At the end of April, on the Swiss German-language television show Arena, one of the “rising stars” of the “Muslim scene” in Switzerland, convert Nicholas Abdullah Blancho, was present. With Blancho was an acolyte in his CCIS/IZRS (Conseil central islamique suisse/Islamisches Zentralrats Schweiz) organization, a certain young Swiss convert of Kurdish Alevi origin named Ferah U. While Mr. Blancho’s presence made headlines in last week’s Hebdo (where the title asked if he was the “Bin Laden of Bienne”), Ferah’s presence also merited articles in Blick, Le Temps, and the Tages Anzeiger.
Gone indeed are the days where the press turned only to Tariq Ramadan or to the imams of the mosques of Lausanne and Geneva to speak for Swiss Muslims. Last year’s media push in talking to “normal Swiss Muslims” (which came after the minaret vote) has given way to Blancho and his crew, who are being touted as the “new wave” of Swiss Muslims: converts from middle-class families who turn increasingly to what is seen and portrayed as “radical Islam” in the press.
In the press, there is an overriding sense of “Where did [we] go wrong with our young people?” Ferah is described as being a normal Swiss teenager prior to her conversion (who speaks in her local German dialect); she got rid of her jeans and sneakers and suddenly decided to change her lifestyle and choose “militant Islam.” Her marriage to Naim Cherni, a leader in Blancho’s organization, was like her conversion: against her family’s wishes. Her family considers her a runaway and she is now allegedly in hiding with her husband out of fears for her physical safety after violent episodes with her father over her marriage and conversion.
Blick and Le Temps mention an “instrumentalization” of 17-year-old Ferah, who” fell into the clutches” of the CCIS/IZRS. While Blick (a magazine comparable to The Sun) set out to interview Ferah directly in her home, Le Temps decided to speak to a researcher on conversions from the University of Bern about Ferah’s case within the context of other convert stories, rather than letting Ferah speak herself.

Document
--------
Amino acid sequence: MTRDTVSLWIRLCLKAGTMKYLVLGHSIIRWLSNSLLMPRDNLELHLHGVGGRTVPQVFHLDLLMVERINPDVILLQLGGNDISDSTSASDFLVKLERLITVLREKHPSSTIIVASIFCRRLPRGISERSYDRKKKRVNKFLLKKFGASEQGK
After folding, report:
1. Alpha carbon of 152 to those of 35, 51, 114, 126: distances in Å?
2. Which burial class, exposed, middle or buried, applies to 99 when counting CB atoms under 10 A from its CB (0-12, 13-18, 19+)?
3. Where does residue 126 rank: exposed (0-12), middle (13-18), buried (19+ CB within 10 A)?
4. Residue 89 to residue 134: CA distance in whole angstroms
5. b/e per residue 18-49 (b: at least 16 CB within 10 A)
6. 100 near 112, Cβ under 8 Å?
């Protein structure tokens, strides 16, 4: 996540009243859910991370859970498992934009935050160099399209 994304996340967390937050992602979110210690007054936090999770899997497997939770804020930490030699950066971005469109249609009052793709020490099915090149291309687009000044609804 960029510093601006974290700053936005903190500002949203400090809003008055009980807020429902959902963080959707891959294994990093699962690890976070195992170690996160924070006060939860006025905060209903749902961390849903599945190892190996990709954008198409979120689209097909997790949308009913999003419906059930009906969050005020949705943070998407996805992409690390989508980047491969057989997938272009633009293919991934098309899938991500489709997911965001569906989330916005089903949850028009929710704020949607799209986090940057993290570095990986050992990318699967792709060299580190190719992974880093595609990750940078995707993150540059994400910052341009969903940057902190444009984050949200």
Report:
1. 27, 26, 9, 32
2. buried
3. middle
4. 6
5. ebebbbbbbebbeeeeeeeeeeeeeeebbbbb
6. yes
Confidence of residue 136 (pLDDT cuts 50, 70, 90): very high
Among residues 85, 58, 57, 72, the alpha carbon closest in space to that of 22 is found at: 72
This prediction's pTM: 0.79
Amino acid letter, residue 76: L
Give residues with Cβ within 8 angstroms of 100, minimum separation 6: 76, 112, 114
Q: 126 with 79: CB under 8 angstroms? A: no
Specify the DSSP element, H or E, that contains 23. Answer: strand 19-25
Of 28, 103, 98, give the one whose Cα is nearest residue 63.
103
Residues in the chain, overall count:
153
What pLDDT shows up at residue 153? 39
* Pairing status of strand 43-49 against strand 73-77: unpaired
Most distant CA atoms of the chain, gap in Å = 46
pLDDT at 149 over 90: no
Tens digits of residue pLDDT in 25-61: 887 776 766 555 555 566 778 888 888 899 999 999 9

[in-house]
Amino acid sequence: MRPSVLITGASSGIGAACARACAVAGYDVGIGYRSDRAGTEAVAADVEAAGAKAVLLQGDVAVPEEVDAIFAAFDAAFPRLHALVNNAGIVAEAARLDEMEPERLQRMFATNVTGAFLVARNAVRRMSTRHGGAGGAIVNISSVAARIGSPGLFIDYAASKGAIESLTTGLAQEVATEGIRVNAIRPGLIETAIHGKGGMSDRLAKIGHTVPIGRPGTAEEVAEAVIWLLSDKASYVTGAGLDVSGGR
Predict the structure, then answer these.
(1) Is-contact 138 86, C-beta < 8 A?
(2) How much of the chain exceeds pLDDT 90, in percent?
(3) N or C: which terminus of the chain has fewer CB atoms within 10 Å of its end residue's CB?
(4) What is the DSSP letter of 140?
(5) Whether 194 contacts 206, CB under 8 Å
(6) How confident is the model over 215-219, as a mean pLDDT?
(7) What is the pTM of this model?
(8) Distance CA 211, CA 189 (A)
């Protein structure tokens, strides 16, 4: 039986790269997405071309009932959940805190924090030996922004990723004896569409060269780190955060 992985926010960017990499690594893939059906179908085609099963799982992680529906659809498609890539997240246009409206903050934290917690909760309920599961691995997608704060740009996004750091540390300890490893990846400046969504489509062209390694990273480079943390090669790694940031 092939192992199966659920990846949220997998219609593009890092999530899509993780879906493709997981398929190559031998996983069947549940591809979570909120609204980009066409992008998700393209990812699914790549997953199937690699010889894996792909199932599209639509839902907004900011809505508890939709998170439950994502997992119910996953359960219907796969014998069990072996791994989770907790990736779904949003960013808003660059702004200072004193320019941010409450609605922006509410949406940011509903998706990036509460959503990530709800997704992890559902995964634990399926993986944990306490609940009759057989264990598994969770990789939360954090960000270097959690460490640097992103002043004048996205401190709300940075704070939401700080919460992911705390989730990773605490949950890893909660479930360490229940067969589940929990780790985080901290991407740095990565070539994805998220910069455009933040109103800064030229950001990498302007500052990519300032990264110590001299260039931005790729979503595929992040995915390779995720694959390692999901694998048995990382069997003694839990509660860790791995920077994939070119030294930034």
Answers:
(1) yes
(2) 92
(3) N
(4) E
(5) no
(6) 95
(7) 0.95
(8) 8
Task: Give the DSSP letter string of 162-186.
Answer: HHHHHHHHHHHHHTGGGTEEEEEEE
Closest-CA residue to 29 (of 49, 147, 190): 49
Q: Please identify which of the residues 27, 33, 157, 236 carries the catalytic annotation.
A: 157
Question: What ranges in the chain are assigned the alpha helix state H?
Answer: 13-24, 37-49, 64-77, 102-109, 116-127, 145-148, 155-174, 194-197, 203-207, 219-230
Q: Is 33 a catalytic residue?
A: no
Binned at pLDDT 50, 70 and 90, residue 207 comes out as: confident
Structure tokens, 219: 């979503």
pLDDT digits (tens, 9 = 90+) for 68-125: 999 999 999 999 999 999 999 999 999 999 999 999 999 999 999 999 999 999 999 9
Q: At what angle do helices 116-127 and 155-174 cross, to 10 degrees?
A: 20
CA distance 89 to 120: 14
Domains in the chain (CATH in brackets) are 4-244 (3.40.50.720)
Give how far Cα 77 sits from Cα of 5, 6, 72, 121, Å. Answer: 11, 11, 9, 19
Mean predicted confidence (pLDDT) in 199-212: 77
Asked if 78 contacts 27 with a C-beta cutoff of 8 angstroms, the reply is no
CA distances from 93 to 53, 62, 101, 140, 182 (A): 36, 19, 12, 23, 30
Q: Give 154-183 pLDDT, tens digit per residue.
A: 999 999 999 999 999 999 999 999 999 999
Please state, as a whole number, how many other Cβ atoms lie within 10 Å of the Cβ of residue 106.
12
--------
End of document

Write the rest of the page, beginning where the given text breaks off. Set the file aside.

One of the things I personally find interesting–in a positive sense–is that she is portrayed, despite being “second generation,” as a Swiss girl in all of the sources I read. While mention is made of her family’s rather violent opposition to her new lifestyle, other than being sensationalist journalism, there aren’t the same racialized judgment calls I would have seen in the French press.
As the researcher in the Le Temps article mentions that the CCIS/IZRS is a “young association” whose membership is not homogeneous, Tariq Ramadan and others assure that Blancho’s organization is of his own construct and that the CCIS/IZRS is far from being a central, representative body of Swiss Muslims.
Far more interesting is the sensational treatment in the press of Ferah being a normal girl who fell in with the wrong crowd, while her “leader” Blancho is increasingly called upon to give his opinion in the media on all things Muslim. While boys convert and become experts, the Swiss press seems to think girls convert and become brainwashed.
Ferah’s story, as “exotic” as it is now, may well become increasingly common in Switzerland in the coming months and years as its Muslim community comes of age. While the Blick pieces did speak to Ferah directly, there was a sideshow element to the articles (perhaps due to the nature of the magazine), whereas the “high-brow” media outlets like the Hebdo and Le Temps chose to profile non-Muslim experts or Blancho.
Hopefully, one day, the Muslim community will be seen not as a monolith but for the patchwork it is, with the voices of girls like Ferah being heard and seen in the media as part of a spectrum of beliefs, practices and choices, rather than just poor girls who fell in with the wrong crowd.